due to COVID, and we want to be a part of building that back up because arts are really important to our community — to our story. We want to show them that you still can be a business in Wilmington. Still be sustainable. You can still be creative.” To that end, The Original Coloure Collective will be collaborating on artist installations. Their first one, entitled The Rumkake Universe, took place Friday in early June at MKT Gallery and featured the comic book style of wwz Collective member Andrew Major. Now that the collective has a few events under their belt, they are hoping to reach back out to the businesses that have participated and ask if there was an influx of business after they helped promote them. The goal is to create a measurable level of impact with businesses as well as with artists. Vanetta Springer, of V Class Makeup Artistry, worked as a make-up artist on the first two shoots. Springer said that since that experience, “traffic to on my website has increased more than 40%. I am completely booked every weekend for the next two months with weddings. I appreciate the opportunity I got to work with the collective.” As their reach grows, The Original Coloure Collective hopes to scale up in terms of members. “I don’t want to call it a production team because I don’t think that is what we are,” Crawford says. “I think of ourselves as brand architects. We are all about building up our community.” — Follow the Original Coloure Collective @theoriginalcolourecollective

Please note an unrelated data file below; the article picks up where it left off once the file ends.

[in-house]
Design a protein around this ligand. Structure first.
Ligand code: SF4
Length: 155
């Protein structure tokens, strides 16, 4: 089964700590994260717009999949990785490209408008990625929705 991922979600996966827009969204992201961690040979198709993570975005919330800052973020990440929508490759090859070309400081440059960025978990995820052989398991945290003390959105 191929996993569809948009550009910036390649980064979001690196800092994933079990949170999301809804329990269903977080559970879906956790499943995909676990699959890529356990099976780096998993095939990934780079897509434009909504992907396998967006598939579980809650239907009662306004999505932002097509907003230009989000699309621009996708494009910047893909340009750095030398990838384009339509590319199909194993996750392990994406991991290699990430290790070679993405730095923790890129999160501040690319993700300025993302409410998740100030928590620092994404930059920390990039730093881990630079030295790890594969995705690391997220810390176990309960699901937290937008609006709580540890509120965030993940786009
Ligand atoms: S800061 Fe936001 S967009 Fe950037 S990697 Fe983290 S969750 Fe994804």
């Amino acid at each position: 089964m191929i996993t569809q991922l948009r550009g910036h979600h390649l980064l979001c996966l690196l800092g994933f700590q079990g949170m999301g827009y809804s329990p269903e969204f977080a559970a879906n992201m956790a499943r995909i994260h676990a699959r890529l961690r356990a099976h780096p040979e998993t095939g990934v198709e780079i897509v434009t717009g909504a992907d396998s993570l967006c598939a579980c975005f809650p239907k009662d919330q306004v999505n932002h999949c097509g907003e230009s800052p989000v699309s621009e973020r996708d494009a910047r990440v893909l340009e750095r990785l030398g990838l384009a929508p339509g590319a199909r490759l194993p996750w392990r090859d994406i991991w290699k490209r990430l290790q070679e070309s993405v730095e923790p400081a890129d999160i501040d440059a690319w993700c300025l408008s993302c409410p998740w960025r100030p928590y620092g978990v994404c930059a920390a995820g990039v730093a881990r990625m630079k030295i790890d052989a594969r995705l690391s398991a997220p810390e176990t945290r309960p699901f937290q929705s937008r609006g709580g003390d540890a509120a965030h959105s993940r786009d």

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This is geek paradise, since comic book lovers still favor print over digital. It was established in 1989 and Sarah and Patrick Titus have owned and operated the shop at 1885 Marsh Road in North Wilmington since 2010. There are plenty of comic books, of course, highlighted by the heavyweights — Marvel, DC and anything related to Star Wars — but you can also buy action figures and statues here. — Kevin Noonan, Contributing Writer

Welcome to our 11th annual Worth Trying Issue. Though we traditionally present this issue in January, we felt it more appropriate to delay the theme until we were operating in a less pandemic-restricted environment. This issue is devoted to personal recommendations from staff and contributors to Out & About. These suggestions on where and what to eat, drink, see and do are scattered throughout these pages, interspersed with our usual assortment of feature stories, news items and other fun stuff.

MARINI PRODUCE Fresh fruits and vegetables are worth getting excited about. Every summer I anxiously await the opening day of Marini Produce on Veale Road and from May to September I make weekly trips to stock up on corn on the cob, juicy tomatoes, and perfectly ripe cantaloupe. In recent years, they've added delicious Di Bruno Brothers cheeses, homemade baked goods, and refrigerators stocked with fresh salsa, grab-and-go salads, and so much more. But I'll be honest, the best part about visiting Marini Produce is to see Norman, the adorable pot-bellied pig who resides in the front of the farm stand.